Steve-O: The 10 songs that changed my life

Jackass legend Steve-O reflects on his life as a metalhead and snot-nosed punk, diving into a speedfreak music collection of Slayer, Misfits, Mötley Crüe and more…

Steve-O: The 10 songs that changed my life
Mike Rampton

Steve-O has packed a lot of insane behaviour into his life. Whether being launched into the air in a port-a-potty or getting a larger-than-real-life self-portrait on his back, the Jackass legend has put his body through a ridiculous amount, and has the scars – and stories – to prove it.

And he’s about to hit the UK – where he was born, in fact, back in 1974 – with his latest stand-up show, The Bucket List. A combination of hilarious anecdotes and truly gruesome footage, previous performances have led to audience members passing out.

It all kicks off tomorrow (June 30) in Glasgow, but before Hollywood's silliest man regales audiences with his blood-and-vomit-stained life story, here he takes us through the music that made him who he is today...

The first song I ever owned…Michael Jackson – Thriller (1982)

"I got Michael Jackson's Thriller for Christmas in 1983, when I lived in Florida. It was significant not only because it was my first album that I owned, but I listened to it when I moved to London from Florida at the age of nine, because I got it for Christmas in December of 1983. But then I moved to London in January of 1984. So I was listening to Michael Jackson's Thriller on a loop when I moved to London. Also it was on MTV, it was the first music video I ever remember seeing, and was super impactful."

The song that taught me I was a metalhead…Iron Maiden – Run To The Hills (1982)

"I got my first Iron Maiden album when I was 10, The Number Of The Beast, and that taught me that I was actually a metalhead. I was running around the house, screaming out the lyrics to Run To The Hills. My mother heard me doing that, and she was offended and confiscated my Number Of The Beast album. She threw it away. And I believe by the end of the same day, I had another copy of it. If possible I’d like to count that whole album, The Number Of The Beast. I’d say Run To The Hills, but that whole damn album is so important."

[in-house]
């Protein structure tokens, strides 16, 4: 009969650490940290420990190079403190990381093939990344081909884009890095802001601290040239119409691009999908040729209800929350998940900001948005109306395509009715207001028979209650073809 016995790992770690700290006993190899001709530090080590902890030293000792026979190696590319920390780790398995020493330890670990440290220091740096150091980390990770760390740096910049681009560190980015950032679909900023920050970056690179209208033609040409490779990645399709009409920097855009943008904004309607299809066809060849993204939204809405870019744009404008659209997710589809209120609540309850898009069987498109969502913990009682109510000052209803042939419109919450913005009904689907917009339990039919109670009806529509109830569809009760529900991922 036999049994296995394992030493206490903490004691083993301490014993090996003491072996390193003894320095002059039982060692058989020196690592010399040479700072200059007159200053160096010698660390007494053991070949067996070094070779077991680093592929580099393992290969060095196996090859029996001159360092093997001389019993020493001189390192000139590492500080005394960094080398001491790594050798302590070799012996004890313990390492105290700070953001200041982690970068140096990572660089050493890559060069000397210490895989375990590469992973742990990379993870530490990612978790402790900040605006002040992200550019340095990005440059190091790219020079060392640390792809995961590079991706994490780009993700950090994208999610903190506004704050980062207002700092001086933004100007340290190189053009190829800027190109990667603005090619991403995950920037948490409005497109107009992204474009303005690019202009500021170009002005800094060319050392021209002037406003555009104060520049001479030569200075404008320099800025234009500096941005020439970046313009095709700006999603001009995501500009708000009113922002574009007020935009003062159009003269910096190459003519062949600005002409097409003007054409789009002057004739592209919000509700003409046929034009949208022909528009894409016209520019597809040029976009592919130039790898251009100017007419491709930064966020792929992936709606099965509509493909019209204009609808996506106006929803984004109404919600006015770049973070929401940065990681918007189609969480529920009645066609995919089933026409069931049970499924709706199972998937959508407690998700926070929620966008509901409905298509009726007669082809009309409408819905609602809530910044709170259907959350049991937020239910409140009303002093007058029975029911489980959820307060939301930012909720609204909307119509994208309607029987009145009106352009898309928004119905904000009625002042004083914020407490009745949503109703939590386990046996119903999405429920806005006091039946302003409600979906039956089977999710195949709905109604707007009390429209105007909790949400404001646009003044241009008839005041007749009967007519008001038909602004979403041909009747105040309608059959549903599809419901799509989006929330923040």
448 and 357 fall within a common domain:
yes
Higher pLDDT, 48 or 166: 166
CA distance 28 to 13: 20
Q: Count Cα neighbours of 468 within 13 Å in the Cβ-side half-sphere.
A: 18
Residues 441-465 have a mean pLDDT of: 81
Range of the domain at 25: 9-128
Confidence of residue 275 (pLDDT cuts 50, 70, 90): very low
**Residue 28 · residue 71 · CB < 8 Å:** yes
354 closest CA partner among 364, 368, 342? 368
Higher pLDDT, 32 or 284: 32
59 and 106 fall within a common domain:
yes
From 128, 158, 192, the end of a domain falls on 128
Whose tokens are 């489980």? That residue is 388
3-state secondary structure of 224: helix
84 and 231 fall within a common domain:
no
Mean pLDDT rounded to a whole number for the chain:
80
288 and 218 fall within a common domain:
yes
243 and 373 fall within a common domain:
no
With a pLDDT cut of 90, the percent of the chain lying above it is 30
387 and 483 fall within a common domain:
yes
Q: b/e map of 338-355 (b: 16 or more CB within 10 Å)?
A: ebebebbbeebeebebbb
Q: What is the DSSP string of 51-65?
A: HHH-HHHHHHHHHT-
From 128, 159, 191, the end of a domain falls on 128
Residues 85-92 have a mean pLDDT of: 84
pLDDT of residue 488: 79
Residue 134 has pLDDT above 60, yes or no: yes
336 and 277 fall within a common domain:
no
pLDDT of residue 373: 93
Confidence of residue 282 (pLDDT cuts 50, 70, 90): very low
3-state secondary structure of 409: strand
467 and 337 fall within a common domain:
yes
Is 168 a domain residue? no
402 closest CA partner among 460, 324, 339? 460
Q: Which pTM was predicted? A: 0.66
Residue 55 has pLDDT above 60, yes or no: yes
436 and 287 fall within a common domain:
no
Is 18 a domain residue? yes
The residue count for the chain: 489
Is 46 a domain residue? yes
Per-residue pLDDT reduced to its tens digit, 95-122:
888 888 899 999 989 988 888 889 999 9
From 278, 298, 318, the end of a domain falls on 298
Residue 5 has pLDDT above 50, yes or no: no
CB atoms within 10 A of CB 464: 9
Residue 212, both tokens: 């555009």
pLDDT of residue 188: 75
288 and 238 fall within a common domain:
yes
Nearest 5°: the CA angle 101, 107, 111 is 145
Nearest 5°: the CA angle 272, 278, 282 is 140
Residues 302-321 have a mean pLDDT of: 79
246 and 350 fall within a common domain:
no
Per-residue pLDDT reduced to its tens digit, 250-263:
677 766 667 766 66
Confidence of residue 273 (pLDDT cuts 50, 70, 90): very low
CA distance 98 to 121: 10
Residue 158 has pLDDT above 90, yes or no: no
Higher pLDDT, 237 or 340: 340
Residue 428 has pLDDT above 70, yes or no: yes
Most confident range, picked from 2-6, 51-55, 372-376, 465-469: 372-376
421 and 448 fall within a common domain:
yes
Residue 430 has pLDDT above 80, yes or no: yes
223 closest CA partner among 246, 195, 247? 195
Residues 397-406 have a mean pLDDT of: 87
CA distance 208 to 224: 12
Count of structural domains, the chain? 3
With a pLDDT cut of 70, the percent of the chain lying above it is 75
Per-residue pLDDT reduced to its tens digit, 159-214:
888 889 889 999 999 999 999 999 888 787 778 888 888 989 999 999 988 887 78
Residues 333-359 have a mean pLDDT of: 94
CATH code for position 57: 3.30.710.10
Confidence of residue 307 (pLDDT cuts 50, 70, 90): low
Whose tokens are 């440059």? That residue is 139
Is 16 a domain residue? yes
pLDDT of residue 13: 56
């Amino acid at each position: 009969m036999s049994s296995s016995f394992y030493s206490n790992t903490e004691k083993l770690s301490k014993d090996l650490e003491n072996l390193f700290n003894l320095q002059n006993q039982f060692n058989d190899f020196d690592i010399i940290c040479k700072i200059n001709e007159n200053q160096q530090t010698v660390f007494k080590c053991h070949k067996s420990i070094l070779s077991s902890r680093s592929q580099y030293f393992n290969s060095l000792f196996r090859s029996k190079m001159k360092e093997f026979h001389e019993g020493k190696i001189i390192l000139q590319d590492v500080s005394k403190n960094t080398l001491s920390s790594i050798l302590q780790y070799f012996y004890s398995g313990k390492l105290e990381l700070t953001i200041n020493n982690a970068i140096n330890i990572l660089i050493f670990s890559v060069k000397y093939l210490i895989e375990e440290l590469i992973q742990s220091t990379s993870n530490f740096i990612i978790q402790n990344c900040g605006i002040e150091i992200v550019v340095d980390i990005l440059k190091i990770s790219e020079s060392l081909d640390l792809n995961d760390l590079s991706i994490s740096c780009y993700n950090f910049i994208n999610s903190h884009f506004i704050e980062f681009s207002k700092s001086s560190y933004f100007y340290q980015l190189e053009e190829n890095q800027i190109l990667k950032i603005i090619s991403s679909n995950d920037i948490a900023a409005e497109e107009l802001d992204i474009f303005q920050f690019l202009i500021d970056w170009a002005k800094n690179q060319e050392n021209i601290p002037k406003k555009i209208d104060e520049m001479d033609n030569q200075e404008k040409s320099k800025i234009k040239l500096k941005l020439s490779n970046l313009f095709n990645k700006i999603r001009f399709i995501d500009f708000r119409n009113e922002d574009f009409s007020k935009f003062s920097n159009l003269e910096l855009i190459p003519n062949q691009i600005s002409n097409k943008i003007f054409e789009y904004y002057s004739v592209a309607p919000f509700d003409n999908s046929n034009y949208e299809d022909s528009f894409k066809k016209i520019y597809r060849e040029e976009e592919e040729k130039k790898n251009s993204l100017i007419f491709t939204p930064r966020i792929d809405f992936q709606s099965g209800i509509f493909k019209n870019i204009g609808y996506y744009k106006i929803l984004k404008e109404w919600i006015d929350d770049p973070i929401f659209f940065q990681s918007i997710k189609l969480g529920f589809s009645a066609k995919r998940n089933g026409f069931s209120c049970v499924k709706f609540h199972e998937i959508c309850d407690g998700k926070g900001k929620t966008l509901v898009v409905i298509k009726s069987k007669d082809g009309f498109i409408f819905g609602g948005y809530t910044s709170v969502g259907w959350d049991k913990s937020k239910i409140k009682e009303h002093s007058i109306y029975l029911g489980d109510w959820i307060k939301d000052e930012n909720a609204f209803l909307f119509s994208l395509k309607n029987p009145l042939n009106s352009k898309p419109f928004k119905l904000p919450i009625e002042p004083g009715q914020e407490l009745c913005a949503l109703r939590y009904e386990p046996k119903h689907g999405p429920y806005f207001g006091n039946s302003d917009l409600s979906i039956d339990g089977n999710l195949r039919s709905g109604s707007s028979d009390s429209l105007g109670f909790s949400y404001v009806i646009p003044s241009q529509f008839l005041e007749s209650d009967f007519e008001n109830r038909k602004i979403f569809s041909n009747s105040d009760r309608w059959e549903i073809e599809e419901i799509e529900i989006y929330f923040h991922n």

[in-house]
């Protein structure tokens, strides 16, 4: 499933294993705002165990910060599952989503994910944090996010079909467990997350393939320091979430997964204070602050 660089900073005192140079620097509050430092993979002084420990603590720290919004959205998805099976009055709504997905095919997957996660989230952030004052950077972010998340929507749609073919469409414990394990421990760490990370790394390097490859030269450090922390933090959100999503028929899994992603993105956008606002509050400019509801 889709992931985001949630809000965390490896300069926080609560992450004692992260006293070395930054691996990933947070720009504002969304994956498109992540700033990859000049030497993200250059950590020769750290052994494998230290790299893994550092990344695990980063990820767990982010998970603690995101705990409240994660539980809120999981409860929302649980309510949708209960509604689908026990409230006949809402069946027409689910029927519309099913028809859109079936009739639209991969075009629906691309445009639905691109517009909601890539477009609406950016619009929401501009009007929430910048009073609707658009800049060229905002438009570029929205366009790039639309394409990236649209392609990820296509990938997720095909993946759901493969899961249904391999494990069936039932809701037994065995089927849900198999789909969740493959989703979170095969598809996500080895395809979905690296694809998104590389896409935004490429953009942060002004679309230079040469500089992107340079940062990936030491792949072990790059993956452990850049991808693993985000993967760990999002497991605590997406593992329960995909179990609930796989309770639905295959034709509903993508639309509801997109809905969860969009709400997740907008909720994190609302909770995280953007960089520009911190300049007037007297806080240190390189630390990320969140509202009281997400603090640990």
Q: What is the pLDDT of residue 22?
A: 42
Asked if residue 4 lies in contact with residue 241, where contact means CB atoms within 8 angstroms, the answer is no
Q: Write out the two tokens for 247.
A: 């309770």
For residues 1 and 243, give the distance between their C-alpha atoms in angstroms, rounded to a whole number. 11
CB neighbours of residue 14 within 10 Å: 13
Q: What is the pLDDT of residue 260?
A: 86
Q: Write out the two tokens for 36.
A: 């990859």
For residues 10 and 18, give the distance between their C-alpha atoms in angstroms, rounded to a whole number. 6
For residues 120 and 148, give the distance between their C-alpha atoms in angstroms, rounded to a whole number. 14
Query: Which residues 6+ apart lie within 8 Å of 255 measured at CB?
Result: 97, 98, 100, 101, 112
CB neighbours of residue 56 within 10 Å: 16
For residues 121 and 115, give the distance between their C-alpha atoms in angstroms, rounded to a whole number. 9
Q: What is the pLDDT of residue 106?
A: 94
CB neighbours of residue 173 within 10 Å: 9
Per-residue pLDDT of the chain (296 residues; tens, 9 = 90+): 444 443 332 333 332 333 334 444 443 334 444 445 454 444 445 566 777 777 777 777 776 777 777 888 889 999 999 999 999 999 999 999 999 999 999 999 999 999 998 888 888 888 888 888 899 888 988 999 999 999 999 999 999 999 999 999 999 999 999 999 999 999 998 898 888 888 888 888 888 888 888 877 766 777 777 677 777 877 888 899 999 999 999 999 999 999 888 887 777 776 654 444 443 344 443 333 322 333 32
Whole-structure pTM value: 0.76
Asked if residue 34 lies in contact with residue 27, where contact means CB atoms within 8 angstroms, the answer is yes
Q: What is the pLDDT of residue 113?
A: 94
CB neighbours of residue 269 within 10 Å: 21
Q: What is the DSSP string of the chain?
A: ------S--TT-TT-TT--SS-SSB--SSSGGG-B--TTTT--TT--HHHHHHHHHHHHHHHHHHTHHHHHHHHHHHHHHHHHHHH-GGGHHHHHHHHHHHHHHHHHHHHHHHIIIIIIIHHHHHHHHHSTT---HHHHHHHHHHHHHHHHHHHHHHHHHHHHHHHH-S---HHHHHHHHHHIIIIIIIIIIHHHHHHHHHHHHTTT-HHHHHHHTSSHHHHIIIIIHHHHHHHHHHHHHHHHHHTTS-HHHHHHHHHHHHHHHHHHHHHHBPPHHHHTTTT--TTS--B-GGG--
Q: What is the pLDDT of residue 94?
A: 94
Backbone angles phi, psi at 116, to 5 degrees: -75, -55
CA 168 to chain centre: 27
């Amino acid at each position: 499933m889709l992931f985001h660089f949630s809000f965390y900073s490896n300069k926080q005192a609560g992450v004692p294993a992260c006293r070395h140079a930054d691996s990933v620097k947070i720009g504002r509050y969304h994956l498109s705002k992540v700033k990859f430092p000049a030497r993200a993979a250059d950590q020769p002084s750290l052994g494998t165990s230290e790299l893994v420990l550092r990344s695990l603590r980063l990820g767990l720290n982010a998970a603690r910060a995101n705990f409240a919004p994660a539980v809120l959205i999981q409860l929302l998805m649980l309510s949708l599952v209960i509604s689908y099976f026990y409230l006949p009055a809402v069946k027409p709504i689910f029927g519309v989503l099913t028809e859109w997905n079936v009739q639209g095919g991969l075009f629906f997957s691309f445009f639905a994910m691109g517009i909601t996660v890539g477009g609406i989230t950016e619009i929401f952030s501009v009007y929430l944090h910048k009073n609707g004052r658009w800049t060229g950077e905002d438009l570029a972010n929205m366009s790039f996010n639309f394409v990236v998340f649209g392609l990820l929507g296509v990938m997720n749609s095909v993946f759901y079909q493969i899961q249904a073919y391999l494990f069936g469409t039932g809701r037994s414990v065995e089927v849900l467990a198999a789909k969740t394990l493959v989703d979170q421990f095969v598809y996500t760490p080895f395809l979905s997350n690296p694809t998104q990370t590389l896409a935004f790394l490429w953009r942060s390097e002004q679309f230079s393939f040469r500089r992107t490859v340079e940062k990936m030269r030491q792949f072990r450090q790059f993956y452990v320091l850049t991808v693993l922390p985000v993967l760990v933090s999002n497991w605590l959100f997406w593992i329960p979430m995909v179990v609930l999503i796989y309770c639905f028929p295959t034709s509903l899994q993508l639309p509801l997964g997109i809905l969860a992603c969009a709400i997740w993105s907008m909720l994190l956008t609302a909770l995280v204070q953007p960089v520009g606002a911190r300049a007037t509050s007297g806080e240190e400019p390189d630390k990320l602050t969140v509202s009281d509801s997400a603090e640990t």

The song that made me fall in love with sleaze…Mötley Crüe – Shout At The Devil (1983)

"The next really impactful thing was when I was 11 years old – my first Mötley Crüe album taught me why I was a metalhead. I was so enamoured with the way they portrayed their lifestyle. They introduced me to the word sleaze – they just wanted to be sleazy. Their debaucherous lifestyle, their unapologetic celebration of sex, drugs, and rock’n’roll, just resonated with me. It made me wanna party like them. And I was only 11. That first Mötley Crüe album was Shout At The Devil, and it absolutely changed my life."

The song that didn’t make me any friends...Slayer – Raining Blood (1986)

"At 12 years old, my first Slayer album taught me how bad the situation really was. Reign In Blood, goddamn, that album’s fucking badass. That just took it to such a gnarly, antisocial level. I made heavy metal music kind of an identity, which I was kind of anti-social with – I listened to heavy metal music at people. And once Slayer came into the fold, that all became quite intense and didn't work wonders for my social skills."

The song that got me into punk…Misfits – Angelfuck (1985)

"From the age of 13, I started getting more into punk and hardcore. I would probably credit the Misfits for really, really solidifying my journey into punk and hardcore music. It was as simple as changing my identity from a heavy metal hesher to a skateboarder – a conscious pivot in what I chose to make my identity. In came the Misfits and Suicidal Tendencies, the Sex Pistols and SNFU. When I looked at my first Misfits album, Legacy Of Brutality, having a song on it called Angelfuck, I found deliciously naughty. I was very drawn to that."